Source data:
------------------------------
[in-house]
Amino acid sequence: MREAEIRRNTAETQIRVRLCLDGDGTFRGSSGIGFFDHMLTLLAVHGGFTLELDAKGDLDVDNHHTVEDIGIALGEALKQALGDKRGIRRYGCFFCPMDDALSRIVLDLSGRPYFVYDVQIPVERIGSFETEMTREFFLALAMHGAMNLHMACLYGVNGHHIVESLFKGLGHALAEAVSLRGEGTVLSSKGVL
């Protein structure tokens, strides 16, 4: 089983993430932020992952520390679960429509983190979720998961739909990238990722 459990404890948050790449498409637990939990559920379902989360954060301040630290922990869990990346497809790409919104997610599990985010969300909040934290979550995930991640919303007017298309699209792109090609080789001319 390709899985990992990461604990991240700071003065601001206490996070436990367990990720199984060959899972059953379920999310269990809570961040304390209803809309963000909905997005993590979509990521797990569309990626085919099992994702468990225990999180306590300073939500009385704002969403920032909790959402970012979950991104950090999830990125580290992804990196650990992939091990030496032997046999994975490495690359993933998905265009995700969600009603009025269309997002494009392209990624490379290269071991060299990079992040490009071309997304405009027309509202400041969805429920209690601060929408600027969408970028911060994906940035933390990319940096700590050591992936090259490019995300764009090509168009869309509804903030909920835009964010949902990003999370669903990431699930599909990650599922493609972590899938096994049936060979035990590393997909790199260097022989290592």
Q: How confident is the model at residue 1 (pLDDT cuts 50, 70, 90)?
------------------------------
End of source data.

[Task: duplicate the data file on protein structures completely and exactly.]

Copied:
[in-house]
Amino acid sequence: MREAEIRRNTAETQIRVRLCLDGDGTFRGSSGIGFFDHMLTLLAVHGGFTLELDAKGDLDVDNHHTVEDIGIALGEALKQALGDKRGIRRYGCFFCPMDDALSRIVLDLSGRPYFVYDVQIPVERIGSFETEMTREFFLALAMHGAMNLHMACLYGVNGHHIVESLFKGLGHALAEAVSLRGEGTVLSSKGVL
């Protein structure tokens, strides 16, 4: 089983993430932020992952520390679960429509983190979720998961739909990238990722 459990404890948050790449498409637990939990559920379902989360954060301040630290922990869990990346497809790409919104997610599990985010969300909040934290979550995930991640919303007017298309699209792109090609080789001319 390709899985990992990461604990991240700071003065601001206490996070436990367990990720199984060959899972059953379920999310269990809570961040304390209803809309963000909905997005993590979509990521797990569309990626085919099992994702468990225990999180306590300073939500009385704002969403920032909790959402970012979950991104950090999830990125580290992804990196650990992939091990030496032997046999994975490495690359993933998905265009995700969600009603009025269309997002494009392209990624490379290269071991060299990079992040490009071309997304405009027309509202400041969805429920209690601060929408600027969408970028911060994906940035933390990319940096700590050591992936090259490019995300764009090509168009869309509804903030909920835009964010949902990003999370669903990431699930599909990650599922493609972590899938096994049936060979035990590393997909790199260097022989290592």
Q: How confident is the model at residue 1 (pLDDT cuts 50, 70, 90)?